The playwright Terence Rattigan once informed Harold Pinter that he knew exactly what The Caretaker was about: "God, the Holy Ghost and mankind."

"No," Pinter replied wearily. "It's about two brothers and a caretaker."

When David Bradley first read this jarring modern classic at drama school in the Sixties, he thought he might like to play one of the brothers: Mick, perhaps, alternately brutal and benevolent with a fascinating flicker of sadism, or his dispossessed older brother, Aston, made sweet and slow by electric shock treatment.

"You never think," he says, "that you're going to be old enough to play Davies".

In conversation Bradley is warm and playful and can take on the soft RP of his mentor, Laurence Olivier, or the rhythmic vulgarity of his heroes Pete and Dud with uncanny accuracy.

But at 64, with long, grizzled hair, granite features and a hardening Yorkshire accent, the RSC stalwart seems to be making unconventional caretakers his particular speciality.

Since 2001 Bradley has become known worldwide as Argus Filch, the misanthropic caretaker of Hogwarts school in the Harry Potter films. And he is now starring alongside EastEnder Nigel Harman and Telstar's Con O'Neill in this touring production of The Caretaker, playing Pinter's manipulative, belligerent and often grotesquely comic tramp.

Pinter's 1960 breakthrough play was based on real events which occurred after the playwright, his wife and newborn son moved into a two-room flat on Chiswick High Road.

A kindly man named Austin looked after the other flat in the house for his brother, and one day brought home a tramp he'd met in a cafe.

Pinter's imagination was sparked by the curious mixture of loneliness and aggression displayed by this unexpected guest, and by his last image of the pair, glimpsed through an open door: Austin, his back to the room, was gazing silently out to the garden. The tramp, apparently given his marching orders, was stuffing his meagre belongings into a grubby holdall.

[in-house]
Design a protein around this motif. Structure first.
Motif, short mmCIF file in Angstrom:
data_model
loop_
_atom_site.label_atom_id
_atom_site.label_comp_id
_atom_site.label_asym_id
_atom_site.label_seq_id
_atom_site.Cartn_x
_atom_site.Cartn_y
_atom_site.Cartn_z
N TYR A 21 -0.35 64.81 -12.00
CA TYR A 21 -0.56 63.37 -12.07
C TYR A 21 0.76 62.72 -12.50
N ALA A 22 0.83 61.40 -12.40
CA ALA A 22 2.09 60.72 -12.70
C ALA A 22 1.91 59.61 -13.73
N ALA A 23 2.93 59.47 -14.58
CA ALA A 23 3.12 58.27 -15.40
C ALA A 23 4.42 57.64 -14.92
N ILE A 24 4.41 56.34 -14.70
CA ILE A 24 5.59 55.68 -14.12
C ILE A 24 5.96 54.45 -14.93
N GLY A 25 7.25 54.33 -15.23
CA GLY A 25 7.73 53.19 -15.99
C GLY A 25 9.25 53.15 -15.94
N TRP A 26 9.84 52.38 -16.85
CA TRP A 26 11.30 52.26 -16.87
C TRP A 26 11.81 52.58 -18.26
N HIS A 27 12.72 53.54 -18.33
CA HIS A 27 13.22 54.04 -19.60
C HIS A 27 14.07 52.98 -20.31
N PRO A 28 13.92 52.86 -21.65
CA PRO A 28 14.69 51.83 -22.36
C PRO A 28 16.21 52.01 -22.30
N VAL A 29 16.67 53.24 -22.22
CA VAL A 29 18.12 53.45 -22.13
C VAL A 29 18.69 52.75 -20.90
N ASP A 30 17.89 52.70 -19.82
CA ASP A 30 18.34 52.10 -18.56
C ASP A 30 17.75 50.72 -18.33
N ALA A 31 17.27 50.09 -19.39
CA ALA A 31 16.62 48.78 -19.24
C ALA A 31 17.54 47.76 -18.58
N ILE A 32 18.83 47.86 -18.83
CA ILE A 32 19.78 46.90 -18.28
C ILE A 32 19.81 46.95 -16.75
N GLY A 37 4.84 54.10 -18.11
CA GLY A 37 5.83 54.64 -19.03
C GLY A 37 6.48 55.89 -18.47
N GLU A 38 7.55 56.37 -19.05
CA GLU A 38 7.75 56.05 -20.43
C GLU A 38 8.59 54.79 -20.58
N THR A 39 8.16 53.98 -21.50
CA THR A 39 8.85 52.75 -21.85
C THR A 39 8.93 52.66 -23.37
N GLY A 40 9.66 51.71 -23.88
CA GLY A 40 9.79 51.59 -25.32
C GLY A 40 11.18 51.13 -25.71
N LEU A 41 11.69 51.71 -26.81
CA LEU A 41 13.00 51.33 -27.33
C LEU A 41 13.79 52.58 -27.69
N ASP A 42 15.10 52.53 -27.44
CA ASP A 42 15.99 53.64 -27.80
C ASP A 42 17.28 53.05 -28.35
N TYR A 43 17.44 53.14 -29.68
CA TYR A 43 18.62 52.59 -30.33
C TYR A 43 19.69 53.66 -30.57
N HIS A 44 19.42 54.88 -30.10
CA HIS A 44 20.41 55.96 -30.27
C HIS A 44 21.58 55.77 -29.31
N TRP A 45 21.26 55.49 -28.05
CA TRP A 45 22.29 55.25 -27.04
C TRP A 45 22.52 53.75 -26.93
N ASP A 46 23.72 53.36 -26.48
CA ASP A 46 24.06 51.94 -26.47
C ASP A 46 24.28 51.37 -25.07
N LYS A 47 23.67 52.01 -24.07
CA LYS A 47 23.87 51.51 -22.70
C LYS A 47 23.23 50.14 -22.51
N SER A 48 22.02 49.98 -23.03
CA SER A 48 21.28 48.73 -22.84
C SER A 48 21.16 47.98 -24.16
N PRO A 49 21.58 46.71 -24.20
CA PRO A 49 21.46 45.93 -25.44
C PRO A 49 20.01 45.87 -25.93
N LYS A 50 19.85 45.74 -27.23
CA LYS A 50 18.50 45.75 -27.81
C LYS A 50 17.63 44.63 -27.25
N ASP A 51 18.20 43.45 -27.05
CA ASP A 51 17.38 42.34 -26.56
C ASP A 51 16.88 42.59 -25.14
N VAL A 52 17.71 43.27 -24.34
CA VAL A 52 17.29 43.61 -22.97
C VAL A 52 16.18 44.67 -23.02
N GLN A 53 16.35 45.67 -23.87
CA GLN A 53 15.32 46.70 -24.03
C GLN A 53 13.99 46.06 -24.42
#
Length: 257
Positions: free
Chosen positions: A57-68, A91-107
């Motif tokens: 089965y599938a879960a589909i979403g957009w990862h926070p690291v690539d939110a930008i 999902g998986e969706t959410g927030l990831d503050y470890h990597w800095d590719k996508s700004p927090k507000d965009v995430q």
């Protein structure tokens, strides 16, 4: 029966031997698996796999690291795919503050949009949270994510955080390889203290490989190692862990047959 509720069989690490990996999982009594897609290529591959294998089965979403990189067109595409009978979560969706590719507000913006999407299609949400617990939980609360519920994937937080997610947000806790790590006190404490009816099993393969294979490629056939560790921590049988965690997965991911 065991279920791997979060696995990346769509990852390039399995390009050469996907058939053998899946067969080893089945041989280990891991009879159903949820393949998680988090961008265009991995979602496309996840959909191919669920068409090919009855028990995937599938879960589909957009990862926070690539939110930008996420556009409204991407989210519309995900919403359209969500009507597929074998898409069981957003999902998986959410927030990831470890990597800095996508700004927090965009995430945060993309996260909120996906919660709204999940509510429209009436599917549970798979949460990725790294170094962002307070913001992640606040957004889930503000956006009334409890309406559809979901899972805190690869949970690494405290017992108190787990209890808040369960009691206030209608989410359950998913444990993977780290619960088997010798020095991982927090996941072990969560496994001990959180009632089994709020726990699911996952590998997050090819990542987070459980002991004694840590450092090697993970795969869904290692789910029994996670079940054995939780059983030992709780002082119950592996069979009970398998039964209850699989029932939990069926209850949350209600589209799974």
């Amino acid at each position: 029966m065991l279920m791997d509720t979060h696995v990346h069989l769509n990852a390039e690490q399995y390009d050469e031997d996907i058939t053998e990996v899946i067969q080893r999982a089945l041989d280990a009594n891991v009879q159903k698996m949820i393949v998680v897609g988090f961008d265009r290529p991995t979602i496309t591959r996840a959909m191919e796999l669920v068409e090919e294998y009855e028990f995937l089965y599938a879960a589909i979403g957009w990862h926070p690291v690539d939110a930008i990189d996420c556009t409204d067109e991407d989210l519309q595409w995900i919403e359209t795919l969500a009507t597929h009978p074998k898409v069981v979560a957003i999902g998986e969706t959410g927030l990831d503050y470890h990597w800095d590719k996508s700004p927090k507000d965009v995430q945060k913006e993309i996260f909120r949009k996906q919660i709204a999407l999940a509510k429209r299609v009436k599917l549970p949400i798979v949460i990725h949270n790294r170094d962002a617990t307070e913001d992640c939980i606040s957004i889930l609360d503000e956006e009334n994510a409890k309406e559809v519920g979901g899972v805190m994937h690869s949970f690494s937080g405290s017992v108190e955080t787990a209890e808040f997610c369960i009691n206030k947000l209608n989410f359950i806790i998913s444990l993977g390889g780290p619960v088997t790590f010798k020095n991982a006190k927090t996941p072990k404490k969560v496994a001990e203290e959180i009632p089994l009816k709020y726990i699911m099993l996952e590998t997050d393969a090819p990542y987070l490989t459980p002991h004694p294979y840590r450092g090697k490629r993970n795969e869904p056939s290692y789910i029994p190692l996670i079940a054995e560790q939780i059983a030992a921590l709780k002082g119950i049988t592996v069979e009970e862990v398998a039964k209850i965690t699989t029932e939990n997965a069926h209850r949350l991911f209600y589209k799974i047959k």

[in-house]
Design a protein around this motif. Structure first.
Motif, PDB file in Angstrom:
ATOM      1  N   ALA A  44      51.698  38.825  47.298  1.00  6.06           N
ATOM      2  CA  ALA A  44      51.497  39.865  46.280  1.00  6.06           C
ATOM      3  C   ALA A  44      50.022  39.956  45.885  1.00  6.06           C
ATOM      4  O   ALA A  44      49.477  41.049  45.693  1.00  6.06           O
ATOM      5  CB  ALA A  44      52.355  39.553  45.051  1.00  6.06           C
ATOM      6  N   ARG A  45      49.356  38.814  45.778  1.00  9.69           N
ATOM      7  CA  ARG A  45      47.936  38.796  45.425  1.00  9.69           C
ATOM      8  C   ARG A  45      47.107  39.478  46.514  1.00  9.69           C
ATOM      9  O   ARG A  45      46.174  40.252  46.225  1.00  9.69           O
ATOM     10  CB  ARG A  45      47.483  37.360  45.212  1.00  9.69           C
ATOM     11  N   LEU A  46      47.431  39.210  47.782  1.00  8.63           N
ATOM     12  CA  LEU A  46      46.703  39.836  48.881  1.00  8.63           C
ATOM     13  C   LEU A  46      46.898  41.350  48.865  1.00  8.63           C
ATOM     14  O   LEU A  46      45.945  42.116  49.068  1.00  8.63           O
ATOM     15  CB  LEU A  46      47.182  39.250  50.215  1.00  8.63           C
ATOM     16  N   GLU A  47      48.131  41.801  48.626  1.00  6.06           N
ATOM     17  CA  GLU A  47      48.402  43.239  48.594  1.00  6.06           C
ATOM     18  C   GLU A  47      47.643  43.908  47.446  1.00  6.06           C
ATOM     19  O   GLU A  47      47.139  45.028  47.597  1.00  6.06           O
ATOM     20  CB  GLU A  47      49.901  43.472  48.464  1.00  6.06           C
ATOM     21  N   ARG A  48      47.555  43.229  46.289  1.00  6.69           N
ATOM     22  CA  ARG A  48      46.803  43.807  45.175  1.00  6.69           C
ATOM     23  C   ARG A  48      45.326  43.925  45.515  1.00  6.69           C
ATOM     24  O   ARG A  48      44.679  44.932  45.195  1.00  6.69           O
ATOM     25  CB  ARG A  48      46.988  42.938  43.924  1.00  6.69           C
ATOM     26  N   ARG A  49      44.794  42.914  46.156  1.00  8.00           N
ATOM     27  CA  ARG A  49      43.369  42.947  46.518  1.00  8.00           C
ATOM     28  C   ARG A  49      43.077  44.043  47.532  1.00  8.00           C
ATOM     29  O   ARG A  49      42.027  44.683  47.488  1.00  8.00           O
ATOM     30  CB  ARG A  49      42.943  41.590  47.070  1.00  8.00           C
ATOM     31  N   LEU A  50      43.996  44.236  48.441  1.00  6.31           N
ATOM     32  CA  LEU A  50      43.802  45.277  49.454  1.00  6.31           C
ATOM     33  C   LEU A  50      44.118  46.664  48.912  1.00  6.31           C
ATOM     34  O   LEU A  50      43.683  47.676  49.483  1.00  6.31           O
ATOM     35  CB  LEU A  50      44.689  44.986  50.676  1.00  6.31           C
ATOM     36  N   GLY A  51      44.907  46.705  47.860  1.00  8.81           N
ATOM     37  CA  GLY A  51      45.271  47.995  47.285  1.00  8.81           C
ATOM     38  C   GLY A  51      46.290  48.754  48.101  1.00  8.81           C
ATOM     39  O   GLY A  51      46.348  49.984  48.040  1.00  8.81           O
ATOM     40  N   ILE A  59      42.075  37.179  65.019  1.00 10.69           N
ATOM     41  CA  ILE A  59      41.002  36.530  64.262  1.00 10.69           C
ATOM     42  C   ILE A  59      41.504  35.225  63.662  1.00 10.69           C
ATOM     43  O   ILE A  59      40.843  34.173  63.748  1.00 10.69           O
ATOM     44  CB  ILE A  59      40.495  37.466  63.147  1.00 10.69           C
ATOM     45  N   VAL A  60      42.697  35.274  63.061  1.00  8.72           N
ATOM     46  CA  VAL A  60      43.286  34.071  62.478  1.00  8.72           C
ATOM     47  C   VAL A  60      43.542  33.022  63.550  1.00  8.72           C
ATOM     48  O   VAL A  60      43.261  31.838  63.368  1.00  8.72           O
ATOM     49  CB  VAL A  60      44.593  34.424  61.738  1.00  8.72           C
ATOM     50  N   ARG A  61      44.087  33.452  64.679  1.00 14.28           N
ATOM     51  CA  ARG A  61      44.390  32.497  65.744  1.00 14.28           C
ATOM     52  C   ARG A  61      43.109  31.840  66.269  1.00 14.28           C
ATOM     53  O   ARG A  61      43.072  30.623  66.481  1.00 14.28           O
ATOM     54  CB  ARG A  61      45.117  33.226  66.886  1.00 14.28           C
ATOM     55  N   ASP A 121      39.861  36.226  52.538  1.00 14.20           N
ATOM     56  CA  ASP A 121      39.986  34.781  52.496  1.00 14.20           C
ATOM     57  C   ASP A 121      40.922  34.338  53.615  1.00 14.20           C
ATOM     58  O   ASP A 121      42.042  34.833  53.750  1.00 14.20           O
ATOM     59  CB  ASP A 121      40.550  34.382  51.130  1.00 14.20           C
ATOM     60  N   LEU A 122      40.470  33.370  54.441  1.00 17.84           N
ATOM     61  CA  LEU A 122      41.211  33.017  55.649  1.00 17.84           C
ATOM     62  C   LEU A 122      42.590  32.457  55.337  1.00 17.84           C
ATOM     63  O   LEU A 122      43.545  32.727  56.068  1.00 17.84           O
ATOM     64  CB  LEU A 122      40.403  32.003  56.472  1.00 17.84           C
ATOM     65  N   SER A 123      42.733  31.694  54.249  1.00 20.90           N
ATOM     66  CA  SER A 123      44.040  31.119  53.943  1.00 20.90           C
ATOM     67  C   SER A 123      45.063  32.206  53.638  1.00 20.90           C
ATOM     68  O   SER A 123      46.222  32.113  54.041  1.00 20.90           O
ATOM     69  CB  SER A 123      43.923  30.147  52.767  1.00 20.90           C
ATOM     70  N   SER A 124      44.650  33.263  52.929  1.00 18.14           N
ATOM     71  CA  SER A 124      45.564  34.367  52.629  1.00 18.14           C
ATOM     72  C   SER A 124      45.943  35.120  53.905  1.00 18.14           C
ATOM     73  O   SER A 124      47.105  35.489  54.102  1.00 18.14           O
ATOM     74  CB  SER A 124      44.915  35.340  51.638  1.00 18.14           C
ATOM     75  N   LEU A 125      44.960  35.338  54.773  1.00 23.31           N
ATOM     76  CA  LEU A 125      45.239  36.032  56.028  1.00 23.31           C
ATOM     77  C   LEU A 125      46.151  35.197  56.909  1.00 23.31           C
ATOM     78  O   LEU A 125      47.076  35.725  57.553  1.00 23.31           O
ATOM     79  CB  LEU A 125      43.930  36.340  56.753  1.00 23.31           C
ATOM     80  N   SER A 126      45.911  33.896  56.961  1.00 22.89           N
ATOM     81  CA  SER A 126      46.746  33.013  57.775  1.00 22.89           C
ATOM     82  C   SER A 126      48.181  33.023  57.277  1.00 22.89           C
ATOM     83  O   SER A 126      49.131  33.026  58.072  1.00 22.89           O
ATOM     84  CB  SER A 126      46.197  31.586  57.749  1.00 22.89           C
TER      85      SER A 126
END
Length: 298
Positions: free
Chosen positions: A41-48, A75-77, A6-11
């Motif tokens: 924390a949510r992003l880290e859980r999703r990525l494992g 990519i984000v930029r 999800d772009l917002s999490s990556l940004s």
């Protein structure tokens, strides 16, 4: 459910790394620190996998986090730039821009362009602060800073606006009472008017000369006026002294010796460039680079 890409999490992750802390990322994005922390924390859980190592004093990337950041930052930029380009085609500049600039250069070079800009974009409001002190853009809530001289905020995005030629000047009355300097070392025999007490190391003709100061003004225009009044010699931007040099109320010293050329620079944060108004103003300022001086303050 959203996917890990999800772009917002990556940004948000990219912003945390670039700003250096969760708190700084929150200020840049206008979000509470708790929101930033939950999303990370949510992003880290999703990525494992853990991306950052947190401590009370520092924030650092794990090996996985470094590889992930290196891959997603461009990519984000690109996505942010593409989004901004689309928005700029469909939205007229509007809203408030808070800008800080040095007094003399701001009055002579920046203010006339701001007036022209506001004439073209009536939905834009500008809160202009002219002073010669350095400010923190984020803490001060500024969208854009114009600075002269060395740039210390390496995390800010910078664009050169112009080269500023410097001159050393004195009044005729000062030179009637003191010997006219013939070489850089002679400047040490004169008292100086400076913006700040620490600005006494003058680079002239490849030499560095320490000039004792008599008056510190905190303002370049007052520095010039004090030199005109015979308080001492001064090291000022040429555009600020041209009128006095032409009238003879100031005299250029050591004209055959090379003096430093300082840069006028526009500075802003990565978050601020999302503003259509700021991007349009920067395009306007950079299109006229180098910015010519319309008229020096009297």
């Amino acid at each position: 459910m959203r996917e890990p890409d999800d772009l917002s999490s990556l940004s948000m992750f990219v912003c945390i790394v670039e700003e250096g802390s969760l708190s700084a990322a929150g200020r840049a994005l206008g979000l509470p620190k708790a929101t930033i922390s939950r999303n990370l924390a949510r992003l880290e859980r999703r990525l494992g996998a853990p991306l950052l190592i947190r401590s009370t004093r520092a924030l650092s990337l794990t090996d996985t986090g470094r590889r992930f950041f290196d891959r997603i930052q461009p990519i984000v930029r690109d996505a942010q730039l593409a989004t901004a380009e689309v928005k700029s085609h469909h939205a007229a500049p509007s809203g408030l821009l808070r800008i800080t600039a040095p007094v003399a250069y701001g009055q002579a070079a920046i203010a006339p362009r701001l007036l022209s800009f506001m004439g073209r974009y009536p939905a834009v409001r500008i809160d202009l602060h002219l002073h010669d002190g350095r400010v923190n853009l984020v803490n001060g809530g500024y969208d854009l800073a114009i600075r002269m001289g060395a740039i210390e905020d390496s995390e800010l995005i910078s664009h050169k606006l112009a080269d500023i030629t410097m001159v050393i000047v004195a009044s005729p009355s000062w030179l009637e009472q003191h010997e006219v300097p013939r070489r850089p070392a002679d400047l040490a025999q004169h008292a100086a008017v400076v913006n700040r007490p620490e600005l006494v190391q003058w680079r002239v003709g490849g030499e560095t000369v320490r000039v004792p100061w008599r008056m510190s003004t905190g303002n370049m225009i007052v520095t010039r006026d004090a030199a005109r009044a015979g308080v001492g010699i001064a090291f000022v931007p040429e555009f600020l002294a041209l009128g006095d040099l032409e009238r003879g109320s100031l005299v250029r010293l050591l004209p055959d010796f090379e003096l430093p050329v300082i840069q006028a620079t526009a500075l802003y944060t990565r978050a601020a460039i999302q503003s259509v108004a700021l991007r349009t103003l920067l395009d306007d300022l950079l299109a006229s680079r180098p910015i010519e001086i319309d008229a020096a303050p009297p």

"He must be the most cantankerous, selfaggrandising, shifty geezer in modern drama,"

says Bradley of the vagabond's stage incarnation, Davies. "He's been on the road for most of his life, it seems, and this is his last opportunity to find a bit of warmth, a bit of comfort. He will use any devious means to achieve that, but there's nothing really complicated about him.

"He's just a survivor, and no matter how obstreperous he can be, I admire his tenacity."

In Pinter's subtle, disturbing and brutally funny play, Aston, in need of a confidant, offers Davies the rather indistinct position of caretaker to the cluttered West London attic. To secure his position, the tramp begins to play off one troubled brother against the other - but reckons without their fraternal love.

"Imagine when this first hit the stage," says Bradley, himself a working class ex-factory worker who had never heard of RADA until he was advised to audition. "Everyone was used to all these three-act plays with French windows and gin and tonics on the veranda. People with working class accents were confined to being the servants or gardeners.

"Theatre then was a comfort zone, a diversion.

To hear this crackling, aggressive dialogue from the main protagonists must've been quite a surprise."